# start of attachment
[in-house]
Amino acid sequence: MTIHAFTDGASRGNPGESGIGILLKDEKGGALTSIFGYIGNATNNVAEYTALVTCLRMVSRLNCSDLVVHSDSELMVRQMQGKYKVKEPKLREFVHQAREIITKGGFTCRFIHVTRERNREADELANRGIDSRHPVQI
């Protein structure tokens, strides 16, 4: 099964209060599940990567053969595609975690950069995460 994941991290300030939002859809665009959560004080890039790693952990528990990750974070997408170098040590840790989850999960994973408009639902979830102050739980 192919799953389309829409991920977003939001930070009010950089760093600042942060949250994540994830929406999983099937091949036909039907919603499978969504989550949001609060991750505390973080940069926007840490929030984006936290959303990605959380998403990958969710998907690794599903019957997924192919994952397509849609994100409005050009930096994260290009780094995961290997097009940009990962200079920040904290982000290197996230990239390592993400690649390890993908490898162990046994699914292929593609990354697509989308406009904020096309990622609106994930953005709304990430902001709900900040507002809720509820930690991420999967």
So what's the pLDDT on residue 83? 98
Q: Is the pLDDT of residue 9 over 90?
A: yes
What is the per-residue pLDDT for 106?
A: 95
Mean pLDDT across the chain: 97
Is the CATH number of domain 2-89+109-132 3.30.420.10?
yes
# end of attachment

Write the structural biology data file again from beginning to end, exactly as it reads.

[in-house]
Amino acid sequence: MTIHAFTDGASRGNPGESGIGILLKDEKGGALTSIFGYIGNATNNVAEYTALVTCLRMVSRLNCSDLVVHSDSELMVRQMQGKYKVKEPKLREFVHQAREIITKGGFTCRFIHVTRERNREADELANRGIDSRHPVQI
């Protein structure tokens, strides 16, 4: 099964209060599940990567053969595609975690950069995460 994941991290300030939002859809665009959560004080890039790693952990528990990750974070997408170098040590840790989850999960994973408009639902979830102050739980 192919799953389309829409991920977003939001930070009010950089760093600042942060949250994540994830929406999983099937091949036909039907919603499978969504989550949001609060991750505390973080940069926007840490929030984006936290959303990605959380998403990958969710998907690794599903019957997924192919994952397509849609994100409005050009930096994260290009780094995961290997097009940009990962200079920040904290982000290197996230990239390592993400690649390890993908490898162990046994699914292929593609990354697509989308406009904020096309990622609106994930953005709304990430902001709900900040507002809720509820930690991420999967």
So what's the pLDDT on residue 83? 98
Q: Is the pLDDT of residue 9 over 90?
A: yes
What is the per-residue pLDDT for 106?
A: 95
Mean pLDDT across the chain: 97
Is the CATH number of domain 2-89+109-132 3.30.420.10?
yes